The Big Dry

Prolonged drought threatens Australia's people, wildlife, and economy

Step off a plane almost anywhere in Australia, and one of the first things you’ll notice is water—or rather, the absence of it. In every public bathroom in Melbourne, signs remind people to be sparing with the faucet. In Brisbane, short showers are required by law. And throughout southern Australia, everyone using a toilet is supposed to choose the alternate-flush option.

This koala, injured in a bushfire, is recuperating at a wildlife rehabilitation center. Animals, agriculture, and people are all feeling the heat of Australia’s prolonged drought, the most severe in the country’s modern history. Cape Otway Centre for Conservation Ecology
GOING UP. Wildfires, a perennial danger in Australia, have become more severe and more frequent as the nation’s drought has deepened. CSIRO
FOOD BOWL. Agriculture in the Murray-Darling River Basin depends heavily on irrigation. E. Roell
END OF THE LINE. The carcass of a sheep lies on drought-stricken land near Hillston, New South Wales. CSIRO
GOING DOWN. Australia’s prolonged drought has markedly restricted the country’s water supply. This depleted reservoir is on the Molonglo River in New South Wales. CSIRO

Australia is locked in a drought of drastic proportions. In recent years, rivers have reached record lows. Temperatures have spiked to record highs. Cities are running out of water. Wildfires are burning. Ecosystems are suffering. And climate models are projecting more of the same—and worse—for many years to come.

The Australian continent has experienced dry spells since ancient times, but the length and severity of the current crisis have surprised even the most weathered climate experts. Australia’s population has grown rapidly in recent decades, and there just isn’t enough water to go around anymore.

“This is probably the worst drought that’s been experienced in Australia since colonization by Europeans,” says Hamish McGowan, a climatologist at the University of Queensland in Brisbane. “All of a sudden, the desert has come to town.”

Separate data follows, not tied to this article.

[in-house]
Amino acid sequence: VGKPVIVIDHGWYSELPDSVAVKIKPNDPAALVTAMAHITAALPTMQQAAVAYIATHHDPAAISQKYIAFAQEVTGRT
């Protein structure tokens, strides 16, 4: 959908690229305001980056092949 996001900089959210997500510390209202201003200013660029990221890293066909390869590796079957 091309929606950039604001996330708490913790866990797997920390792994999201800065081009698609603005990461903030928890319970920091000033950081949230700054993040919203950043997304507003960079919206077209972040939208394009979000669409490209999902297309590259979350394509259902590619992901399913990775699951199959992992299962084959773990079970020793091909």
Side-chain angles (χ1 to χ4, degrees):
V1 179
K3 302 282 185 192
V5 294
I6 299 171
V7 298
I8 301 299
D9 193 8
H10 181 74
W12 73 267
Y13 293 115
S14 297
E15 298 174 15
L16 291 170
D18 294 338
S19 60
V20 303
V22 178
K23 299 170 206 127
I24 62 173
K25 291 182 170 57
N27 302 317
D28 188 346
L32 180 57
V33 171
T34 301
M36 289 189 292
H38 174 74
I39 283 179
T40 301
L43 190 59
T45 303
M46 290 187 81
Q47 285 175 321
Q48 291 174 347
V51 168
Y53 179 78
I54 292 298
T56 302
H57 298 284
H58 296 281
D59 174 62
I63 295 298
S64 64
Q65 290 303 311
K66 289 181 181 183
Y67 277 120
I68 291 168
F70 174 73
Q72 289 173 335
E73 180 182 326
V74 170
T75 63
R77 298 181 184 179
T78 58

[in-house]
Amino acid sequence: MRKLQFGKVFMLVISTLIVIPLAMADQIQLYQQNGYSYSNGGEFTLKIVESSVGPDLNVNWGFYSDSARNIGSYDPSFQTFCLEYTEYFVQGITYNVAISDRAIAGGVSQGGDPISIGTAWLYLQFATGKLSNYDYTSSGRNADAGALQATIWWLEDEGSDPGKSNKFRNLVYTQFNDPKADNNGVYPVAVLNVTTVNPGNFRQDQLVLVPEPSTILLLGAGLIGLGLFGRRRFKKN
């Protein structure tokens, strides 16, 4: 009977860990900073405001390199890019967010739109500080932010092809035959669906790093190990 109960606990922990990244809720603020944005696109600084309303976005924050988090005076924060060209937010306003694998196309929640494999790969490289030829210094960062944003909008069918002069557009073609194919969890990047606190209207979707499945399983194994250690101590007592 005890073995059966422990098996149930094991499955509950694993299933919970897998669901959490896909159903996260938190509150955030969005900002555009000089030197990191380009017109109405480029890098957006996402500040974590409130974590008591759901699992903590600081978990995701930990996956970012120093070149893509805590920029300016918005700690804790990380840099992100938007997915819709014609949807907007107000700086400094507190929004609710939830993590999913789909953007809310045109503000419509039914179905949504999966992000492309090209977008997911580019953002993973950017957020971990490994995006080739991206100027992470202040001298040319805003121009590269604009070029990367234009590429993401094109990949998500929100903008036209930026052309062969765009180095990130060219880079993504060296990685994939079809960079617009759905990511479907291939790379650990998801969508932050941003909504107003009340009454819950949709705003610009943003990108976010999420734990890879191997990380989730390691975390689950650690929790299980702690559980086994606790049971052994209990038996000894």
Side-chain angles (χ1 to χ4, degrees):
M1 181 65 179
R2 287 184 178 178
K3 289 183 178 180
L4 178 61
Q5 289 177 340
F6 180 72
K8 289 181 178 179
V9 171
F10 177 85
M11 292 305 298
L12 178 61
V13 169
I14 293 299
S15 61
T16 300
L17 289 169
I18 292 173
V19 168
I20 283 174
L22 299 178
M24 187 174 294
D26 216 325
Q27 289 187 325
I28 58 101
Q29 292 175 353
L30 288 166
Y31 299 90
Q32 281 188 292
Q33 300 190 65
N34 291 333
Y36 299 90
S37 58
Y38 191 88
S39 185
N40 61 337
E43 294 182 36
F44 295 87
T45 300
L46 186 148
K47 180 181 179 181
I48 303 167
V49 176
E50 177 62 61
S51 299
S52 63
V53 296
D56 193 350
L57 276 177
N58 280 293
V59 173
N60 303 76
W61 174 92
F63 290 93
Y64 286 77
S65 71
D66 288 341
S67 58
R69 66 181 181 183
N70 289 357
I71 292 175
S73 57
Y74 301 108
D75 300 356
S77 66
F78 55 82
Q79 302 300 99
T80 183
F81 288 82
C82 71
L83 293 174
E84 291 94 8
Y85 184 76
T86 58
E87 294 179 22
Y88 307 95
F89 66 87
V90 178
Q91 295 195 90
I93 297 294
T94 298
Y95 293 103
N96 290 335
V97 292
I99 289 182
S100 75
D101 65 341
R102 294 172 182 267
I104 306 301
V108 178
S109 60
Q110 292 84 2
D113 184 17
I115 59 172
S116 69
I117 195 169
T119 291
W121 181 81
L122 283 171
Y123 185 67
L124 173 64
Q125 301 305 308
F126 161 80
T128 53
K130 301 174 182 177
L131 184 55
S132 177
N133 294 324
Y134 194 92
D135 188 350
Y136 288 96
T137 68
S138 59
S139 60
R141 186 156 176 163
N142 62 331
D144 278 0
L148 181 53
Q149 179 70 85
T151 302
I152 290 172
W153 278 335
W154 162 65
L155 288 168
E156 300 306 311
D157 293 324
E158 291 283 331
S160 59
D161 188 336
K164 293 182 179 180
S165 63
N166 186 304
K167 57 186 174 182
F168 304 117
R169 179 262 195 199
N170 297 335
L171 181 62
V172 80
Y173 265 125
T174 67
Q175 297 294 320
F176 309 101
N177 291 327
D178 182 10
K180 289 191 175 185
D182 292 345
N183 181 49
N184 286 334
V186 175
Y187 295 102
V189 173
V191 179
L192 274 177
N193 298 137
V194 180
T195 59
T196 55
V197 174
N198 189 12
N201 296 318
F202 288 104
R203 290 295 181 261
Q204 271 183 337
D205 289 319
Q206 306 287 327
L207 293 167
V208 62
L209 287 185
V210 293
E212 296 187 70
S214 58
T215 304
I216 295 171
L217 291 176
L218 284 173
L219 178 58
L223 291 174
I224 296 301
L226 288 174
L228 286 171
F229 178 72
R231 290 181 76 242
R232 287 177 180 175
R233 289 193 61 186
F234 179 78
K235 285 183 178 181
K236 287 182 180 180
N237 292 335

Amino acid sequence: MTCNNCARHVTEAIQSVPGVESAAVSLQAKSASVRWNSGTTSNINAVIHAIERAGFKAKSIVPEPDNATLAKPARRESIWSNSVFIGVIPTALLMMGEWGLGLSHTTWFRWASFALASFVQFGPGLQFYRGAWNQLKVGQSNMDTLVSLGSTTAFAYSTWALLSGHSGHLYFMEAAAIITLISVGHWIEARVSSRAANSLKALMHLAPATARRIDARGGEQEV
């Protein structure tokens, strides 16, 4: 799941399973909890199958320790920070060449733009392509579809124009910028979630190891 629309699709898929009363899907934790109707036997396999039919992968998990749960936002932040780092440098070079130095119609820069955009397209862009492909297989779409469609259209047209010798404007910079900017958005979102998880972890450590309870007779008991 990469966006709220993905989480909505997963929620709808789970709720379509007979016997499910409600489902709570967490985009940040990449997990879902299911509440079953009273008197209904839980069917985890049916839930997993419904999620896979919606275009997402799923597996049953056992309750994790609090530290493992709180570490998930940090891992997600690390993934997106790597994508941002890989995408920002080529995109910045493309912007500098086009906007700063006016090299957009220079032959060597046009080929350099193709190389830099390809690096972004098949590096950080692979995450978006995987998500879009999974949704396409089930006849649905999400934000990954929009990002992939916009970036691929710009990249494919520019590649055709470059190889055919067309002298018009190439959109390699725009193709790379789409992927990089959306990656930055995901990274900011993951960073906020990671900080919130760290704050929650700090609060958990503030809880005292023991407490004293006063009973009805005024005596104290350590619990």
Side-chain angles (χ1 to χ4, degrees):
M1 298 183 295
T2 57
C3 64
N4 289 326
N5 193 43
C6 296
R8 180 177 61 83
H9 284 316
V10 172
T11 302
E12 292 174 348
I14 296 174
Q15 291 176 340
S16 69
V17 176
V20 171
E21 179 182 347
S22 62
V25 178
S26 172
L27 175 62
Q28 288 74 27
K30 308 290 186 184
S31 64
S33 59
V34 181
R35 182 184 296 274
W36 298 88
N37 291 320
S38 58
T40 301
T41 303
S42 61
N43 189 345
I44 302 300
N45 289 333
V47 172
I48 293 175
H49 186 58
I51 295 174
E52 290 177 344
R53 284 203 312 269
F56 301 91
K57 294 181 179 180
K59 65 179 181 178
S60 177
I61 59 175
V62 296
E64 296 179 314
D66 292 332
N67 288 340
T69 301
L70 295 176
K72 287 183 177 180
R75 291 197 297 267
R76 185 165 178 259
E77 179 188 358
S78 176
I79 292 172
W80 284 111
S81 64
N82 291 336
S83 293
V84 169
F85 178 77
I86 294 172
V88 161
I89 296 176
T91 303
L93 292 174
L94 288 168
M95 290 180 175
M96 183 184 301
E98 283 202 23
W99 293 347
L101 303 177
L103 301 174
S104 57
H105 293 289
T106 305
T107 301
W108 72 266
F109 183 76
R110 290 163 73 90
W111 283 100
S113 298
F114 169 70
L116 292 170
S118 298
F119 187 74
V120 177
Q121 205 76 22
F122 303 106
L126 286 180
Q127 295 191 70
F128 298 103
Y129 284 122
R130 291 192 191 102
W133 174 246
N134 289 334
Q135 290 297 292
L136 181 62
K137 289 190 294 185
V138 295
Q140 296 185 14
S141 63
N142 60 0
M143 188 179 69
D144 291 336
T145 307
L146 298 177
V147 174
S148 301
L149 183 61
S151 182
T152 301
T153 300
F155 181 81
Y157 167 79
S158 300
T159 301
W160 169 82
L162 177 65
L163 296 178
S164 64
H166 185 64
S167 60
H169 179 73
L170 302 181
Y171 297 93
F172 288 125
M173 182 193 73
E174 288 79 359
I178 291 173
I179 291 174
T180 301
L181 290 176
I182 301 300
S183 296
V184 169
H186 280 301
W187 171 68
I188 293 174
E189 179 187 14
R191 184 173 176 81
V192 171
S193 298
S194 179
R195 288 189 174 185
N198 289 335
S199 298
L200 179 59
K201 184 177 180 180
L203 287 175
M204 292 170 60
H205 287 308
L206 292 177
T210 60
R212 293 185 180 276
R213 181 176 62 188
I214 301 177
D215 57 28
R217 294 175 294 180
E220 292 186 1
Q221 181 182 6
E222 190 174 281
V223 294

As climate experts struggle to apportion blame between natural cycles and human activities, technology-minded researchers are looking for innovative ways to keep Australia’s taps flowing. Their struggle may provide important lessons for the rest of a warming globe.

“What has shocked Australia is that we’ve been managing our dams and water-allocation systems as if … it would keep on raining,” says Mike Young, professor of water economics and management at the University of Adelaide. “We haven’t prepared ourselves for a massive [climate] shift.”


The Big Dry, as Australians have taken to calling it, has hit three parts of the country especially hard. The southwestern corner of Australia around Perth, the state of Victoria in the continent’s southeast corner, and the area around Brisbane on the east coast have seen 15 to 20 percent declines in precipitation over the past decade or so, says David Jones, head of climate analysis at the Australian Bureau of Meteorology’s National Climate Centre in Melbourne.

What’s more, every 10 percent decline in precipitation leads to a 30 to 40 percent decline in the amount of water that runs off land into streams and rivers, Jones says. The runoff recession has greatly reduced the amount of usable water ending up in catchments, reservoirs, and dammed lakes.

The Murray-Darling River Basin—Australia’s agricultural heartland—is an area of particular concern. Stretching across southeastern Australia from Brisbane to Adelaide, the million square kilometers of the basin make up just 14 percent of the country’s area but account for 70 percent of its water use for crop irrigation.

Also called Australia’s food bowl, the Murray-Darling River Basin produces some 40 percent of the nation’s agricultural products, including grapes, cotton, rice, and dairy. Two million people live within the basin, and another million on the outskirts depend on it for drinking water, especially during dry times.

The region’s water supplies are rapidly becoming less dependable, however. By the end of August this year, the amount of water stored in the basin’s reservoirs and lakes was about 2,000 gigaliters (Gl)-21 percent of capacity, according to a government report. A year earlier, stored volume was 3,610 Gl, while historically, stored volume at the end of August has averaged 6,690 Gl, or 71 percent of capacity.

Even though rainfall has been up in recent months, the 2006-2007 growing season was the basin’s driest in the 116 years for which records exist, according to an August 2007 report by the Murray-Darling Basin Commission. Computer models that predict weather patterns give a 75 percent chance that storage levels will remain low through May. “The system is really running on empty,” Young says. “We’re now borrowing water from the future.”